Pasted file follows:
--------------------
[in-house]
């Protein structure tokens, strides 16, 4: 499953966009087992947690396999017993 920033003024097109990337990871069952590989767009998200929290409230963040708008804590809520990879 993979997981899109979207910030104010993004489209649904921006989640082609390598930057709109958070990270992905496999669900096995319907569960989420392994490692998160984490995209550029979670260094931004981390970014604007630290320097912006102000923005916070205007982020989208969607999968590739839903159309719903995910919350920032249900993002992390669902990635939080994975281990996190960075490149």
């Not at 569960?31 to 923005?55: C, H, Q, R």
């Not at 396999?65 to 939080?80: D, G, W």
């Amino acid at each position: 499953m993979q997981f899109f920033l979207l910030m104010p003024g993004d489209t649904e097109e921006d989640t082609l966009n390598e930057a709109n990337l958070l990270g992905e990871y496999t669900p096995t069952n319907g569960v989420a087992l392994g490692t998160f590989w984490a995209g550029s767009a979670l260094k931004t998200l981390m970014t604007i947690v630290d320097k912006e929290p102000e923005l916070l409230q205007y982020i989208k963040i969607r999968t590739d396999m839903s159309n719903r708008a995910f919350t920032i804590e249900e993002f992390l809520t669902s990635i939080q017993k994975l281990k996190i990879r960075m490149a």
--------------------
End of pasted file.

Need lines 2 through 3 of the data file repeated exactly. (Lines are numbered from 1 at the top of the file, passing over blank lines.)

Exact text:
């Protein structure tokens, strides 16, 4: 499953966009087992947690396999017993 920033003024097109990337990871069952590989767009998200929290409230963040708008804590809520990879 993979997981899109979207910030104010993004489209649904921006989640082609390598930057709109958070990270992905496999669900096995319907569960989420392994490692998160984490995209550029979670260094931004981390970014604007630290320097912006102000923005916070205007982020989208969607999968590739839903159309719903995910919350920032249900993002992390669902990635939080994975281990996190960075490149």
């Not at 569960?31 to 923005?55: C, H, Q, R």